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Menino Speaks on City’s Youth

Assoc. News Editor

Published: Thursday, February 10, 2011

Updated: Wednesday, January 9, 2013 18:01

menino speaks

Andrew Powell / Heights Staff

Last night the Yawkey Center hosted Boston Mayor Thomas M. Menino who spoke about Boston youth as a part of the sophomore Presidential Scholars' project, "Revisiting Boston," which seeks to create a better understanding of the city.


Menino, whose speech drew a significant audience, emphasized the importance of supporting the entire Boston community.


"I've been the mayor for 17 years now, and each and every day I learn something new about what the city is doing," Menino said. "It's so important that when you have a job, it's a job that, when you go to bed at night, you feel like you accomplished something. You could go sit someplace and make a lot of money but money isn't the most important thing. It's how you help people, what you do for people's lives. That's why I like my job as mayor."


Menino discusses how the diversity of Boston affects its education system.


"Boston is a minority-majority city," Menino said. "We're 52 percent minority. That diversity is what makes Boston such an interesting city."


The mayor focused on his obligation to the youth of Boston and his dedication to them.


"The young people are the future of this city," he said. "There are a lot of issues that deal with young people – public safety, public health, and summer jobs, but I'm not going to talk about what matters a lot, I'm going to talk about what matters most. And that's the education of our children."


Menino said that the most important thing the city of Boston does is educate its children.


"The problem with getting me up here on stage is that I always want to talk about education," he said. "That's because education is the most important thing we can do in our society."


He focused on the need to provide effective education for all children, including those in the inner city.

"Here in Boston we have one of the best urban school districts in the country," he said. "But just think that only 61 percent of our students graduate. I think education is the civil rights issue of our time. High school graduates live longer, healthier, safer, and more productive lives. Raising the graduation rate in Boston from 61 percent to 90 percent for the next decade will transform the future prospects for thousands of our young people."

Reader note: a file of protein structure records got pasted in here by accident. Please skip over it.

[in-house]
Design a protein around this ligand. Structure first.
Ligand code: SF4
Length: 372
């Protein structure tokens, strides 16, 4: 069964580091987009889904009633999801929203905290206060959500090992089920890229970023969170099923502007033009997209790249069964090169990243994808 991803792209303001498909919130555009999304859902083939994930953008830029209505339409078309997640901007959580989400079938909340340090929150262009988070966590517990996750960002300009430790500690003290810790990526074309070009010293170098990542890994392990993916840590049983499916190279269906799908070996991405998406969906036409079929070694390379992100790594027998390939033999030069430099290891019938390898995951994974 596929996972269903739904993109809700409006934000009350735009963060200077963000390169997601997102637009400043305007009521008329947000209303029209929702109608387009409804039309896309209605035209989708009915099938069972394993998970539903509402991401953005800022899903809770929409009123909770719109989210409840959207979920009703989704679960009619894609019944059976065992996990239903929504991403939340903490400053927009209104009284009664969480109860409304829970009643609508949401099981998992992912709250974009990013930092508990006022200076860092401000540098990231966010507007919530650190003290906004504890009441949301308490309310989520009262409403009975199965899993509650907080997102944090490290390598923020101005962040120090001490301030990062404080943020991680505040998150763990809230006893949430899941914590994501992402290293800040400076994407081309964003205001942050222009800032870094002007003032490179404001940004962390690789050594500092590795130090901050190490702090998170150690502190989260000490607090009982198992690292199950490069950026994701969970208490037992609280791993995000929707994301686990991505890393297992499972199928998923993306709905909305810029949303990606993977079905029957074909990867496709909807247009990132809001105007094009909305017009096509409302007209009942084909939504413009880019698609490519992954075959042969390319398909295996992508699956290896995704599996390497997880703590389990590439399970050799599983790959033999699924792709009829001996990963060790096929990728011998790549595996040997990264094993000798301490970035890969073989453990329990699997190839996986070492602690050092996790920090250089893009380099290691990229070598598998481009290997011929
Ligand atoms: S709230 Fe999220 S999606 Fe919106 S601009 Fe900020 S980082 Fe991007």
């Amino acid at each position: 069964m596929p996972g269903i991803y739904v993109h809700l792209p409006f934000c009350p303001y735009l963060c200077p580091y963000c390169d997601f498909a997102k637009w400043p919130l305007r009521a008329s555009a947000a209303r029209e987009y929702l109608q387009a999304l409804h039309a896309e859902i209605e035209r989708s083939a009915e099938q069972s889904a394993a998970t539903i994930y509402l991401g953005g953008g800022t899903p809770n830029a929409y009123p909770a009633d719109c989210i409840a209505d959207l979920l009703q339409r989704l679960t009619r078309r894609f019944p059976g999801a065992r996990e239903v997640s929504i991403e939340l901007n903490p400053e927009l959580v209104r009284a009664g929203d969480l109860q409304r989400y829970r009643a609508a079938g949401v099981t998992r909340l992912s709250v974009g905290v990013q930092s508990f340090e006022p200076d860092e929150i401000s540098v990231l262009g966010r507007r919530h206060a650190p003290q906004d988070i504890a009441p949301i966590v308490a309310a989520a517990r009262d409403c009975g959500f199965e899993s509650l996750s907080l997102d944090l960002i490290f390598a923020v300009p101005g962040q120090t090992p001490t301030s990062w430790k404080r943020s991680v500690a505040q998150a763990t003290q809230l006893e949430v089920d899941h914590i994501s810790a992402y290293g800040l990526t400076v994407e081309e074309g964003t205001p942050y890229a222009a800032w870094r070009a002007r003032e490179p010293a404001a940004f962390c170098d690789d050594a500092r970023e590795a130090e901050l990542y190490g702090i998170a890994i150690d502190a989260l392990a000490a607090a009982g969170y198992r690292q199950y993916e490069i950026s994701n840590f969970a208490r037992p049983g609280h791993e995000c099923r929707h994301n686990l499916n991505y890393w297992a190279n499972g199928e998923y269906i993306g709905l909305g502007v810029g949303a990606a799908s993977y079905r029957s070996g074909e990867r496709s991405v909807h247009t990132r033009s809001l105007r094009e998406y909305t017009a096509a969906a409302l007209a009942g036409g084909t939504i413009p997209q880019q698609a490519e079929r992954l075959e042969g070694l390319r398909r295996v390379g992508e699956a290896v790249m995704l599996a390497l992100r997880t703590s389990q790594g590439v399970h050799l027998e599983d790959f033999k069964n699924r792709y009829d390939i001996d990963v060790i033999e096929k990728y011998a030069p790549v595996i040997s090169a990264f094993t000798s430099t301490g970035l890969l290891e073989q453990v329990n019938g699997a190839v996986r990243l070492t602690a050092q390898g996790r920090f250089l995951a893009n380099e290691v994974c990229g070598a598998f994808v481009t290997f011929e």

Menino said that not only the children of Boston benefit from better education, but so does the city.

"Our children's future depends on their ability to have a chance to improve their education," Menino said. "Our city's future also depends on that. Great cities need great economic diversity and great public schools to build it."


Menino also said that the strength of a city's education drives its economy and its ability to innovate. That innovation, he said, is what keeps a city from falling apart and keeps it a place where people want to live.

He said that he is very dedicated to the cause of the education of children, especially those who don't have many opportunities.


"If you go to the Boston public schools, we don't discriminate," he said. "There are a lot of schools out there who really don't take everyone. They pick and choose. We take every kid who walks through that door. That's the difference between us and some of those other schools that get a lot of credit. We don't drop kids out of our senior class because they're not going to graduate."


The mayor spoke about a variety of programs that the city has created in order to give opportunities to these types of students. If a student is just shy of being able to graduate from high school, there is a program, co-created by the mayor, where he or she can go to school in the summer and graduate later in August. This program recently graduated 250 young people.


In order to increase the number of students who decide to go on to college, the mayor created a program called "Success Boston," which takes students graduating from Boston public high schools and prepares them for college during the summer, helping them to understand what to expect. Additionally, twice a year he speaks with the students and listens to what the city can do better to help them.


Menino, throughout his talk, mentioned his dedication to every child in the city of Boston and said that he champions for their success. He said that almost half of his budget goes to education.


"A lot of these young people don't have anyone to help them," he said. "They come from single parent families. They have a lot of issues like that and they need our support. That is why we, the city of Boston, [are] working so closely with them."


"We, as a city, have to work with them to give them opportunities. I take it as my obligation," he said.  

Menino also said that he tries to include the children of immigrants, with programs that educate both the parents and the children.


"If you think about kids who come from another place, and their parents come with them, but their parents want them to be back in their former place. They don't want to Americanize," he said. "That's a huge issue we face in certain parts of our community so we try to work very closely to educate them and to try to educate the parents to help give support to the young person to work on their education. We have to work on that issue there are certain parts of our population. The parents want to stay back where they came from. They love living in America but they don't want their children to be Americanized and that's so unfortunate for the child."


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